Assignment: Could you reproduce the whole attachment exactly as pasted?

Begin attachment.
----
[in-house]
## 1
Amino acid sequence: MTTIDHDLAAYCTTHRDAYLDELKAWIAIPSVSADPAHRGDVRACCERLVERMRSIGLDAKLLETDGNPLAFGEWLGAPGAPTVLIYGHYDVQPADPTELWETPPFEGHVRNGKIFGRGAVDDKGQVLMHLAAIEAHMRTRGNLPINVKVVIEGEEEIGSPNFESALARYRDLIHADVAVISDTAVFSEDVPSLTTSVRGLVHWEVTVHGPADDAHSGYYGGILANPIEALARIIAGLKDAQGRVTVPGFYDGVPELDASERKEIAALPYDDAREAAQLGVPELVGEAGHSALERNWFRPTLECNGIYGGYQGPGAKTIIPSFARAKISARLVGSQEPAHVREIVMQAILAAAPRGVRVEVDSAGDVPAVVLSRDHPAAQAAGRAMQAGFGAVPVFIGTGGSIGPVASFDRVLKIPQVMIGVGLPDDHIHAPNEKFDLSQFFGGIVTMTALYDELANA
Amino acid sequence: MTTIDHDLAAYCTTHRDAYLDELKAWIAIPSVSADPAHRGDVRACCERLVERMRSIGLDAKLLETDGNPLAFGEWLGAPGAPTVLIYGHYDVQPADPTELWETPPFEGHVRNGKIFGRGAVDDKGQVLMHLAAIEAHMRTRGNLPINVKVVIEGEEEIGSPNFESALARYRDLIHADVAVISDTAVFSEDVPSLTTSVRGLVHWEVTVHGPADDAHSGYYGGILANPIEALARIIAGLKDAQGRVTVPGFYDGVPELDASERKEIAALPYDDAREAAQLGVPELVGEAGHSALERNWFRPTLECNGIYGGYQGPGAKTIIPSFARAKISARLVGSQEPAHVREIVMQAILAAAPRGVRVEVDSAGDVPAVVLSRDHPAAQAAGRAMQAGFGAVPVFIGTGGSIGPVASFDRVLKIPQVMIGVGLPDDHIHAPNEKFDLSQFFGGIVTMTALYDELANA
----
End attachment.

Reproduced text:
[in-house]
## 1
Amino acid sequence: MTTIDHDLAAYCTTHRDAYLDELKAWIAIPSVSADPAHRGDVRACCERLVERMRSIGLDAKLLETDGNPLAFGEWLGAPGAPTVLIYGHYDVQPADPTELWETPPFEGHVRNGKIFGRGAVDDKGQVLMHLAAIEAHMRTRGNLPINVKVVIEGEEEIGSPNFESALARYRDLIHADVAVISDTAVFSEDVPSLTTSVRGLVHWEVTVHGPADDAHSGYYGGILANPIEALARIIAGLKDAQGRVTVPGFYDGVPELDASERKEIAALPYDDAREAAQLGVPELVGEAGHSALERNWFRPTLECNGIYGGYQGPGAKTIIPSFARAKISARLVGSQEPAHVREIVMQAILAAAPRGVRVEVDSAGDVPAVVLSRDHPAAQAAGRAMQAGFGAVPVFIGTGGSIGPVASFDRVLKIPQVMIGVGLPDDHIHAPNEKFDLSQFFGGIVTMTALYDELANA
Amino acid sequence: MTTIDHDLAAYCTTHRDAYLDELKAWIAIPSVSADPAHRGDVRACCERLVERMRSIGLDAKLLETDGNPLAFGEWLGAPGAPTVLIYGHYDVQPADPTELWETPPFEGHVRNGKIFGRGAVDDKGQVLMHLAAIEAHMRTRGNLPINVKVVIEGEEEIGSPNFESALARYRDLIHADVAVISDTAVFSEDVPSLTTSVRGLVHWEVTVHGPADDAHSGYYGGILANPIEALARIIAGLKDAQGRVTVPGFYDGVPELDASERKEIAALPYDDAREAAQLGVPELVGEAGHSALERNWFRPTLECNGIYGGYQGPGAKTIIPSFARAKISARLVGSQEPAHVREIVMQAILAAAPRGVRVEVDSAGDVPAVVLSRDHPAAQAAGRAMQAGFGAVPVFIGTGGSIGPVASFDRVLKIPQVMIGVGLPDDHIHAPNEKFDLSQFFGGIVTMTALYDELANA